Let me restart yesterday’s engine with a clutch of further musings on the subject of Percy Grass. His/her book, as suggested, is as much a book about metaphors for life as it is about tranvestite circus performers. Some of these metaphors are successful – others less so. Most of them, however, skirt around the rigorously regular. The central motif – that of a buoy bobbing about on an ocean of perplexity – is hardly eccentric. Oceans are common fodder for the metaphor-maker – as are forests, fields, swamps and swimmingpools. Grass at his/her best is a canny manipulator of the cautiously mundane. Indeed, one of my favourite metaphors from Buoyant concerns a kite: yet another popular device for the arch-allegory grabber. Kites themselves, I fancy, are useless things. But put them in the hands of a writer and they become objects of real beauty: the last line in symbols of tethered freedom.
Back in the day (which day it was, I cannot recall) I remember utilising the symbolic power of the kite to make a point about the relationship between base and superstructure in Marxist thought. I was in metaphor mood: later in the same paragraph I compared Feudalism to a syphilitic giraffe. Neither trick worked in my favour – and fair enough. I lacked Percy Grass’s perserverance and poise. There may yet be a way of bringing kites into Marxist discourse – but at present it may be safe to say that they fly with further majesty when used in the context of a story about clowns and sex changes.
Now for the second book which I have come here to mention.
The bright-eyed among you will probably remember my writing about Emile Gofrank about a month ago. I posted on his heavily underrated Radioze Stories here, noting in passing his more famous work, A Sentence or Two About You. Others may know that the latter novel was reprinted this year in a new translation by the mildy wonderful Marcel Lantin-Fauré – a translation which has thrown me back into the far reaches of this book, where I gyre and gimble with the best of them.
I don’t suppose I’ve ever pretended to dislike Gofrank’s novel. On the other hand, I’ve an unfortunate tendency to compare it unfavourably to two of the other great suicide-related contemporary european novels – namely Koira Jupczek’s Death Charts and Nate Laami’s Flaws in the Plan. The more I read Gofrank’s work, however, the more I wonder whether it isn’t just as good as these two transcendent works (if not better).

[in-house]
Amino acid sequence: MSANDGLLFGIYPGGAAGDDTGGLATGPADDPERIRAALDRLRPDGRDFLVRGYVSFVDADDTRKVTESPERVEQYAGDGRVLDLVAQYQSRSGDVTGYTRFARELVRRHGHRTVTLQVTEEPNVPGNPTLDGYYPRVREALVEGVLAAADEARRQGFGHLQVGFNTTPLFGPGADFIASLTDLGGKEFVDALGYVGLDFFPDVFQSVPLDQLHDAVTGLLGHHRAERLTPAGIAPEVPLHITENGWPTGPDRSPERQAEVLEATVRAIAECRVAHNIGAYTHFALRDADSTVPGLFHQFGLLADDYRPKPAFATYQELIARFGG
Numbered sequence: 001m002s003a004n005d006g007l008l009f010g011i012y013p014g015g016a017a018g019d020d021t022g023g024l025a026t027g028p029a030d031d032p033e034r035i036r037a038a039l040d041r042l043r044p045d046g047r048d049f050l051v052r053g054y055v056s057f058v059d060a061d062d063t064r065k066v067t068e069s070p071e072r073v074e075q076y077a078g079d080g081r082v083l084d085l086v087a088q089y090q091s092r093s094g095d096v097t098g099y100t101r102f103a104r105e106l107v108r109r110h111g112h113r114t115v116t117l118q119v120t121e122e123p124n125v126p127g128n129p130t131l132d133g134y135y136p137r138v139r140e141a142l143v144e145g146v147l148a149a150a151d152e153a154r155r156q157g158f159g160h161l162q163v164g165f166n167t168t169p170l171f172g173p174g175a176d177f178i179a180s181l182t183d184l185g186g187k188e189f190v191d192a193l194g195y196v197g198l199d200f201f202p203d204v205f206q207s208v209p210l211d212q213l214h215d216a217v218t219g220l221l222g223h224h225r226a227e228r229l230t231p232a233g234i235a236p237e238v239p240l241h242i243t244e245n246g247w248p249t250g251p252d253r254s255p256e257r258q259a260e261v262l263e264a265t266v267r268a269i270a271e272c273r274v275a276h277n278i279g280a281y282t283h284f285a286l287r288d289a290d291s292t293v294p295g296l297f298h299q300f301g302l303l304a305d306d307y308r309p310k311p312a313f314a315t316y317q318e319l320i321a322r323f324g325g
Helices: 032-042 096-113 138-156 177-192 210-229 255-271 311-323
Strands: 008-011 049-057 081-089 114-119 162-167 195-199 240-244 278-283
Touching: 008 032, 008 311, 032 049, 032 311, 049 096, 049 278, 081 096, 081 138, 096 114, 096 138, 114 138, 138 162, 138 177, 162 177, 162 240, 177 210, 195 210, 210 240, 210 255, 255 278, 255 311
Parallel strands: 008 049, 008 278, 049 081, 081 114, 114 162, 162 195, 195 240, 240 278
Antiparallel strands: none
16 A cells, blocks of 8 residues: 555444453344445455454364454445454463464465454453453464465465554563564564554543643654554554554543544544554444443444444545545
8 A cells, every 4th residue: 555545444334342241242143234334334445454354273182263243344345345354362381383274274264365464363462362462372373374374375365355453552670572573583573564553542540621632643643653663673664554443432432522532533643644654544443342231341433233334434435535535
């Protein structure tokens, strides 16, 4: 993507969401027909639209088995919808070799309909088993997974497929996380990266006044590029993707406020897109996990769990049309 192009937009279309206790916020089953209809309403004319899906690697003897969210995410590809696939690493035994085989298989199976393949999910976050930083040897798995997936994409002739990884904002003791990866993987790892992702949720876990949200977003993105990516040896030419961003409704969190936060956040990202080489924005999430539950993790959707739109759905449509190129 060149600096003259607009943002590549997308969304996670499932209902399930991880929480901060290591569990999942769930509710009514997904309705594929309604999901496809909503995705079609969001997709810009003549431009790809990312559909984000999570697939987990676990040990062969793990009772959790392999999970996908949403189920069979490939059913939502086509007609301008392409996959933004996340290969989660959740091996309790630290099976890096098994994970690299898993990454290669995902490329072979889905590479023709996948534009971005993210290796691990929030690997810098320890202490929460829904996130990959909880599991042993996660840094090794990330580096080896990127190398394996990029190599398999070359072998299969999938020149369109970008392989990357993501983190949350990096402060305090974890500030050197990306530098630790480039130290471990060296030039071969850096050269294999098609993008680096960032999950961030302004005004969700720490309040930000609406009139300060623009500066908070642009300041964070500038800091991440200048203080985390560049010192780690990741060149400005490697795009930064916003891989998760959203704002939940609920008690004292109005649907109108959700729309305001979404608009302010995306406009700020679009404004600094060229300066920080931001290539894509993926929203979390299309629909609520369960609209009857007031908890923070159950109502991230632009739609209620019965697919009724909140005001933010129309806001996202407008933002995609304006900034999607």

I don’t have time to supply all the evidence that points to this conclusion, which is why I shall devote the remainder of this post to but one common question regarding Gofrank’s masterpiece. Why that title?
The novel, you may know, is about a man who wishes to die in a precise and peculiar manner. He wants to be killed by a falling watermelon. He wants it to happen, however, when he isn’t quite expecting it – and he doesn’t want anyone else to be involved, so he puts a vast amount of time and effort into inventing a machine which will, at a random moment, do all the work for him.
So far, so good. But none of this offers much of a clue as to why the novel is called A Sentence or Two About You. On this, yet, I have a new theory. I believe that it may relate to the work of another writer, Mr Félix Fénéon (1861-1944), whose ‘novels in three lines’ are presently gaining a certain amount of attention. One cannot help but notice that Fénéon’s early life shares much in common with Gofrank. Born in Turin to a travelling salesman and raised in Burgundy: both writers can claim this – though where Fénéon went on to Paris, Gofrank went off to Luxembourg (where he remains to this day). Writing-wise, they also took very different paths. Fénéon settled on ‘a sentence or two’ (sometimes three, maybe even four, but rarely much more), whilst Gofrank has, for the most part (though not entirely) worked on the basis of covering things at length. To put it more simply, he writes far more than ‘a sentence or two’. Far, far more.
The title must, thus, be ironic. See how the plot of his novel can be squeezed into a few lines. There is little more to be said that I have said above. And yet Gofrank writes so much more. Where Fénéon cut the frills off the dramatic dress, Gofrank can be seen busily sewing them on. And yet his work, re-read, does not strike one as needlessly florid, or overly tiresome. It is, instead, mesmerising: stately in its pace, though simple in its subject. I cannot do better than to implore you to cast your eyes again over those seventy-something pages in which his protagonist walks to the hardware store to buy four screws. Was such a dull event ever better detailed? Did such seeming transparent simplicity ever gain more from concerted re-reading than this?